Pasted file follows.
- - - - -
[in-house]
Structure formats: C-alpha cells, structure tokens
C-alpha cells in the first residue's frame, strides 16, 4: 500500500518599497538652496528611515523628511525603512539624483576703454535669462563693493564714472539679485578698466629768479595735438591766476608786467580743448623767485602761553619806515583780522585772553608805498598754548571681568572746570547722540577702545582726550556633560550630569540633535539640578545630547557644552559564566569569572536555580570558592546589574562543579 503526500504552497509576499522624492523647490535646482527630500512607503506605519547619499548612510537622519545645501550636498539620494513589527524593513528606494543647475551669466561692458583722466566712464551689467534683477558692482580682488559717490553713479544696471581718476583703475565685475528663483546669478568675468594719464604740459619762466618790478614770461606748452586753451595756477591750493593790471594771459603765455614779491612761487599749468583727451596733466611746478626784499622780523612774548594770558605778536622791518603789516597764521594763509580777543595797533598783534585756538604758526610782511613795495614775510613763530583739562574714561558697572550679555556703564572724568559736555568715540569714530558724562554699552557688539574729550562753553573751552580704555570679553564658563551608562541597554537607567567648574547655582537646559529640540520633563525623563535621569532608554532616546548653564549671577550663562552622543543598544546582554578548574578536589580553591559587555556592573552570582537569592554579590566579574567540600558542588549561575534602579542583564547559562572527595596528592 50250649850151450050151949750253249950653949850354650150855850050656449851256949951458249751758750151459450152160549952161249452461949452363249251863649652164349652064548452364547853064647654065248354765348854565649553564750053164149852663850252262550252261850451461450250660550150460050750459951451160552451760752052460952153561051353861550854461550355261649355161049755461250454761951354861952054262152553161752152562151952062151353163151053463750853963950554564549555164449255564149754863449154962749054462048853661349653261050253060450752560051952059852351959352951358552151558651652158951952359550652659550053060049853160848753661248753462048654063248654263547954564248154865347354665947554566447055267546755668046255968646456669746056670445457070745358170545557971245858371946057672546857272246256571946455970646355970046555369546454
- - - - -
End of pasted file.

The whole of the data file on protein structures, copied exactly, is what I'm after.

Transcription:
[in-house]
Structure formats: C-alpha cells, structure tokens
C-alpha cells in the first residue's frame, strides 16, 4: 500500500518599497538652496528611515523628511525603512539624483576703454535669462563693493564714472539679485578698466629768479595735438591766476608786467580743448623767485602761553619806515583780522585772553608805498598754548571681568572746570547722540577702545582726550556633560550630569540633535539640578545630547557644552559564566569569572536555580570558592546589574562543579 503526500504552497509576499522624492523647490535646482527630500512607503506605519547619499548612510537622519545645501550636498539620494513589527524593513528606494543647475551669466561692458583722466566712464551689467534683477558692482580682488559717490553713479544696471581718476583703475565685475528663483546669478568675468594719464604740459619762466618790478614770461606748452586753451595756477591750493593790471594771459603765455614779491612761487599749468583727451596733466611746478626784499622780523612774548594770558605778536622791518603789516597764521594763509580777543595797533598783534585756538604758526610782511613795495614775510613763530583739562574714561558697572550679555556703564572724568559736555568715540569714530558724562554699552557688539574729550562753553573751552580704555570679553564658563551608562541597554537607567567648574547655582537646559529640540520633563525623563535621569532608554532616546548653564549671577550663562552622543543598544546582554578548574578536589580553591559587555556592573552570582537569592554579590566579574567540600558542588549561575534602579542583564547559562572527595596528592 50250649850151450050151949750253249950653949850354650150855850050656449851256949951458249751758750151459450152160549952161249452461949452363249251863649652164349652064548452364547853064647654065248354765348854565649553564750053164149852663850252262550252261850451461450250660550150460050750459951451160552451760752052460952153561051353861550854461550355261649355161049755461250454761951354861952054262152553161752152562151952062151353163151053463750853963950554564549555164449255564149754863449154962749054462048853661349653261050253060450752560051952059852351959352951358552151558651652158951952359550652659550053060049853160848753661248753462048654063248654263547954564248154865347354665947554566447055267546755668046255968646456669746056670445457070745358170545557971245858371946057672546857272246256571946455970646355970046555369546454